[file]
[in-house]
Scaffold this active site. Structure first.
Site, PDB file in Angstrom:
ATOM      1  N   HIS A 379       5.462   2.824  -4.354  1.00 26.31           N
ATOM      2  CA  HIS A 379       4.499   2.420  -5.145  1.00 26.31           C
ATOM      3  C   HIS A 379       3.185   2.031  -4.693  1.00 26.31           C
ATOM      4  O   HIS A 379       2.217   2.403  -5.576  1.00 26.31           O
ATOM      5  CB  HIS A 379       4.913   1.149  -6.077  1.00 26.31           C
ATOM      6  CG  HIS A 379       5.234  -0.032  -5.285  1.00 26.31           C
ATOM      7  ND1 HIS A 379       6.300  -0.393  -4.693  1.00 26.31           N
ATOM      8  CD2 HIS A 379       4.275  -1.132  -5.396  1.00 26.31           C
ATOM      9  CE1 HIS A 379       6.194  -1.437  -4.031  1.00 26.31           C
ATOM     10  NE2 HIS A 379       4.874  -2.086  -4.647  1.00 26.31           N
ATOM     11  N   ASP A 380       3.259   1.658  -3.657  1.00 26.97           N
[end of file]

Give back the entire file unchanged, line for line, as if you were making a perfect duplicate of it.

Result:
[in-house]
Scaffold this active site. Structure first.
Site, PDB file in Angstrom:
ATOM      1  N   HIS A 379       5.462   2.824  -4.354  1.00 26.31           N
ATOM      2  CA  HIS A 379       4.499   2.420  -5.145  1.00 26.31           C
ATOM      3  C   HIS A 379       3.185   2.031  -4.693  1.00 26.31           C
ATOM      4  O   HIS A 379       2.217   2.403  -5.576  1.00 26.31           O
ATOM      5  CB  HIS A 379       4.913   1.149  -6.077  1.00 26.31           C
ATOM      6  CG  HIS A 379       5.234  -0.032  -5.285  1.00 26.31           C
ATOM      7  ND1 HIS A 379       6.300  -0.393  -4.693  1.00 26.31           N
ATOM      8  CD2 HIS A 379       4.275  -1.132  -5.396  1.00 26.31           C
ATOM      9  CE1 HIS A 379       6.194  -1.437  -4.031  1.00 26.31           C
ATOM     10  NE2 HIS A 379       4.874  -2.086  -4.647  1.00 26.31           N
ATOM     11  N   ASP A 380       3.259   1.658  -3.657  1.00 26.97           N